Freudian Model- This model is based on Freud’s theories of the Id, Ego and Superego. The model suggests that the Id would drive consumers to desire products, emphasizing the subconscious motivations for consuming.

Veblenian Model- Suggests that consumers are effected by their social influences. Michman states ‘…the impact of present group memberships and aspired group memberships is stressed…conspicuous consumption operates in the purchase…’ (Michman et al, 2003)

Hobbesian Model- Hobbs suggests that the organisational consumer is also a personal consumer. ‘The buyer has private aims, and yet he tries to do a satisfactory job for his corporation.’ (Karp, 1974)

Relationship Marketing
“Mass advertising can help build brands, but authenticity is what makes them last. If people believe they share values with a company, they will stay loyal to the brand.” (Schultz, 2012)

The quote above, from Howard Schultz’s book ‘Pour Your Heart Into It: How Starbucks Built a Company One Cup at a Time’, can teach marketers that there is more to the study of consumer behaviour than simply selling. As a consumer, they want a connection with their purchase, and companies may chose to acknowledge and supply this connection through relationship marketing. Palmatier tells us that the definition of marketing itself had been updated by the American Marketing Association in 2004. Marketing is now defined as ‘an organizational function and a set of processes for creating, communicating, and delivering value to customers and for managing customer relationships in ways that benefit the organization and its stakeholders’. (Palmatier, 2008) As you may see, an emphasis has been added to the management of customer relationships, and this is no surprise as innovation in the past 20 years has changed the role of marketing drastically.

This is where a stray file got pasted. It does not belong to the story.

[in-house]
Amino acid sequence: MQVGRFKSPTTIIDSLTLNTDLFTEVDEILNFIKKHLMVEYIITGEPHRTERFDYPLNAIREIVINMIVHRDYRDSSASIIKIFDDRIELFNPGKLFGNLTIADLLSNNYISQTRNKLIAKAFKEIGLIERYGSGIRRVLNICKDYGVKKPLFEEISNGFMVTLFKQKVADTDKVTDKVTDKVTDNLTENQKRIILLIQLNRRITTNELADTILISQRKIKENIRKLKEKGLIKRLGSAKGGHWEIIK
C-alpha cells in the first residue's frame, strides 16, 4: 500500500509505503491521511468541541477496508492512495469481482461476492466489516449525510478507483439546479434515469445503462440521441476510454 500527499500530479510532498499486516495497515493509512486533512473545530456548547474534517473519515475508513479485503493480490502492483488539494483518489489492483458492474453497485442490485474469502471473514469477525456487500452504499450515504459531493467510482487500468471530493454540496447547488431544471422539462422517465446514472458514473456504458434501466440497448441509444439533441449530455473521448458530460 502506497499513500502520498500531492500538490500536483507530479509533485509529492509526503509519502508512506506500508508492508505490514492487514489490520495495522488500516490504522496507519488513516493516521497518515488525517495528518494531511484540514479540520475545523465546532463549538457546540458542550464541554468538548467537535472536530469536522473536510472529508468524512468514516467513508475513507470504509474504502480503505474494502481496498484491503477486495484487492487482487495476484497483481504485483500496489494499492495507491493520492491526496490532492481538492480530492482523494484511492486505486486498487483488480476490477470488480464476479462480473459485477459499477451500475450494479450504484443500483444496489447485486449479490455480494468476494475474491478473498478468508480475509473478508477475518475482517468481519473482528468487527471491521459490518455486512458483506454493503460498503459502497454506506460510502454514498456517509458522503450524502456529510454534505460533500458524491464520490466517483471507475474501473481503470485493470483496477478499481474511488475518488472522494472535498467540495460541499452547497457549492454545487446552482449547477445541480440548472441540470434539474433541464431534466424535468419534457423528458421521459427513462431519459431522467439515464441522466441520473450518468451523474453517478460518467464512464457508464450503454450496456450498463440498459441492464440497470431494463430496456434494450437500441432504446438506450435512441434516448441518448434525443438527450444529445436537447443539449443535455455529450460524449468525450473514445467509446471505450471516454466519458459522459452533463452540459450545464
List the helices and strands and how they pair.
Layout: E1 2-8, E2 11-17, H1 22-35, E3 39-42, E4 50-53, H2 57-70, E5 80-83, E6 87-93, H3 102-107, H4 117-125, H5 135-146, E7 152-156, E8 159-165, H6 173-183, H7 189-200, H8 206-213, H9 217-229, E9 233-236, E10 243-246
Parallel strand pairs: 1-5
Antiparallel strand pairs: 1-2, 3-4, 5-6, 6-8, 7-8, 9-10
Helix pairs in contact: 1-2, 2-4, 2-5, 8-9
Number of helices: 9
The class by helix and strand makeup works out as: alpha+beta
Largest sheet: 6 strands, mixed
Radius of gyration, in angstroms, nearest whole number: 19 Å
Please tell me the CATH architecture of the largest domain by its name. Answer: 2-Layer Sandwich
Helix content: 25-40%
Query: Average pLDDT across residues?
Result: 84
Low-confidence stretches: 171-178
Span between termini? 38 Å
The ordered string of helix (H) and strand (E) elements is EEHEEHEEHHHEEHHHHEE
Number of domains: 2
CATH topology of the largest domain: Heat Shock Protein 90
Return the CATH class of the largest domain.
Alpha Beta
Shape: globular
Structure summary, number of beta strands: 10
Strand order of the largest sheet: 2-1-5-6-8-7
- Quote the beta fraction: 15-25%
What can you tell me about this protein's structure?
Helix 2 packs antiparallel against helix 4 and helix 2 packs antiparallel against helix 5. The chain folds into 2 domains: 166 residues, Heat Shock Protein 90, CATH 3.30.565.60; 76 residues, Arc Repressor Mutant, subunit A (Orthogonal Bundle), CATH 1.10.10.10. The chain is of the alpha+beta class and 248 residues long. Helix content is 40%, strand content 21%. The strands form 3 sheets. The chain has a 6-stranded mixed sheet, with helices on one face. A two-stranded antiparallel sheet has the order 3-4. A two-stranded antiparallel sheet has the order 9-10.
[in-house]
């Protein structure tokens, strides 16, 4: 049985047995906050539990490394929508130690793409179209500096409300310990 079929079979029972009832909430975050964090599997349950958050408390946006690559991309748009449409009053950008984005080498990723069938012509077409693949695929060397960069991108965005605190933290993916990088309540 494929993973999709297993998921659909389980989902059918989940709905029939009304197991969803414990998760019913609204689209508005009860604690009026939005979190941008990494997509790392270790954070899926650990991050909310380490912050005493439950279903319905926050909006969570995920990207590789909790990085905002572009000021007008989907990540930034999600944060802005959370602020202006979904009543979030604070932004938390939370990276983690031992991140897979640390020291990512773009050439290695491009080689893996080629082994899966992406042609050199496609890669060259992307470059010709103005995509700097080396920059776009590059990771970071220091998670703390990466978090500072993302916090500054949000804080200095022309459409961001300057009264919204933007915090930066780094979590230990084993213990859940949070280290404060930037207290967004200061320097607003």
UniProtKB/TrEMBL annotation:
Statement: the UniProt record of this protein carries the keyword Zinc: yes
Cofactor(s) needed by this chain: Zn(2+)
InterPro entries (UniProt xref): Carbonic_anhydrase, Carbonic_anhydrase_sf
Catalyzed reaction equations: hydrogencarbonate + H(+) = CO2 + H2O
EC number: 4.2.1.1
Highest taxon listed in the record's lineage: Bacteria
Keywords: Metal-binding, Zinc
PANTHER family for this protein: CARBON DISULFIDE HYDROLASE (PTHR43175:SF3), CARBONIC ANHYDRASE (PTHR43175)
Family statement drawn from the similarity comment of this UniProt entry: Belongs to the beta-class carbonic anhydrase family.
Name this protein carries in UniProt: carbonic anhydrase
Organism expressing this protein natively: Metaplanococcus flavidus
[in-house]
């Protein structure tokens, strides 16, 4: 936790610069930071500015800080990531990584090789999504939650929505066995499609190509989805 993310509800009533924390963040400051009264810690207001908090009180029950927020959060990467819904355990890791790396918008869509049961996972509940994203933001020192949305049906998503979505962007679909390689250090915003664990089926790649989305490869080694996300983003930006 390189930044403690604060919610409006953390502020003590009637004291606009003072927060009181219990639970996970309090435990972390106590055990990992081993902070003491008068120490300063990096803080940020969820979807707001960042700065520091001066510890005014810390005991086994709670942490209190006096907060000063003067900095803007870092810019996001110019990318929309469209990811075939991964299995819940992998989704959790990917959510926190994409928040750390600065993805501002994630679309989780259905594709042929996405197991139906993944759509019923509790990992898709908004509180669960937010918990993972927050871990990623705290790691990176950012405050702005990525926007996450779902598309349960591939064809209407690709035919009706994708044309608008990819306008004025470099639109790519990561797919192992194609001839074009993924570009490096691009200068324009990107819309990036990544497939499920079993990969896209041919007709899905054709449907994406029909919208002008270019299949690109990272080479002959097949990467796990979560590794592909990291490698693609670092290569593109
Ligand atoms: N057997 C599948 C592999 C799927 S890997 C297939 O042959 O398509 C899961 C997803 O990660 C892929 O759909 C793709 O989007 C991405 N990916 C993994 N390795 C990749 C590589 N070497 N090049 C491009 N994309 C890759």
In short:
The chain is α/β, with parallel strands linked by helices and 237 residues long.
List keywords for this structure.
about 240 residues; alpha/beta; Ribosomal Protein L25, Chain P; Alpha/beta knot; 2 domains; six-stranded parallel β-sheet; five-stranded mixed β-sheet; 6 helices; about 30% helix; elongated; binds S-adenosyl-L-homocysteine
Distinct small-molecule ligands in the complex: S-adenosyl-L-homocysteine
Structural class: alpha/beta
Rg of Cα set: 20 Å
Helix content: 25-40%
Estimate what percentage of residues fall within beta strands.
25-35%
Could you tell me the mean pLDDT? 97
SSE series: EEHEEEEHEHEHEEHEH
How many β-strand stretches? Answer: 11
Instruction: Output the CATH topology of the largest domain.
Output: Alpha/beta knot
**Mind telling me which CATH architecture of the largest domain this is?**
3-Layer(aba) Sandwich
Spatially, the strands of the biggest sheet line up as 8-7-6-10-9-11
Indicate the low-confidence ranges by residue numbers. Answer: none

Relationship marketing allows for the maintenance of a strong relationship between business and consumer. It also works as traditional marketing does, by attracting new consumers into their market. This may be achieved in many ways, such as gift cards, loyalty cards or charity competitions. An example of the success could be the Supervalu chain in Ireland. The loyalty card allows consumers to gain points, and provides discount holidays upon a certain number of points. This assures Supervalu customers that they are receiving more than just good service and affordable shopping, and allows them to feel like a part of the Supervalu community.

Another use for the customer loyalty card is the use of database marketing. These databases allow marketers to examine which products are selling, and shows the customers personal preference of product. In return for the customers participation, they receive direct marketing that is significant to them. For example, Tesco Club card users receive monthly coupons on items they have frequently bought. As discussed earlier, Facebook advertising and Youtube advertising appeal directly to the consumer, as they examine their interests and taste and advertise products they might be interested in.